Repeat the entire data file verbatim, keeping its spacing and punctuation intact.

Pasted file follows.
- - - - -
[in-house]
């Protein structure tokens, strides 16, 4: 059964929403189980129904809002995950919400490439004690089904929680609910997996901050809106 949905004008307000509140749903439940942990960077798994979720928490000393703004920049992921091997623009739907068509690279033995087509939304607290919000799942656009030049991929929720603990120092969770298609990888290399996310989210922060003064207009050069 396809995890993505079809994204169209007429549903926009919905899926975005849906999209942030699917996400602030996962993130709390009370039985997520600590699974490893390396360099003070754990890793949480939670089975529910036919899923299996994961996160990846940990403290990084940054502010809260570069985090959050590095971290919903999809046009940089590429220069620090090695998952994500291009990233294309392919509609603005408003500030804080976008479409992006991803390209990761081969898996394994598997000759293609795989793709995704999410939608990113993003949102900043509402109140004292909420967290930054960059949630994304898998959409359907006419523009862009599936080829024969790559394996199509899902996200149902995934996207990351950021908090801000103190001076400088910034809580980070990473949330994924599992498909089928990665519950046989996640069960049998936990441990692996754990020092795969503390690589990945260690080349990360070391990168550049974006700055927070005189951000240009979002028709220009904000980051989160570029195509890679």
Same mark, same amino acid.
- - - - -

[in-house]
């Protein structure tokens, strides 16, 4: 059964929403189980129904809002995950919400490439004690089904929680609910997996901050809106 949905004008307000509140749903439940942990960077798994979720928490000393703004920049992921091997623009739907068509690279033995087509939304607290919000799942656009030049991929929720603990120092969770298609990888290399996310989210922060003064207009050069 396809995890993505079809994204169209007429549903926009919905899926975005849906999209942030699917996400602030996962993130709390009370039985997520600590699974490893390396360099003070754990890793949480939670089975529910036919899923299996994961996160990846940990403290990084940054502010809260570069985090959050590095971290919903999809046009940089590429220069620090090695998952994500291009990233294309392919509609603005408003500030804080976008479409992006991803390209990761081969898996394994598997000759293609795989793709995704999410939608990113993003949102900043509402109140004292909420967290930054960059949630994304898998959409359907006419523009862009599936080829024969790559394996199509899902996200149902995934996207990351950021908090801000103190001076400088910034809580980070990473949330994924599992498909089928990665519950046989996640069960049998936990441990692996754990020092795969503390690589990945260690080349990360070391990168550049974006700055927070005189951000240009979002028709220009904000980051989160570029195509890679």
Same mark, same amino acid.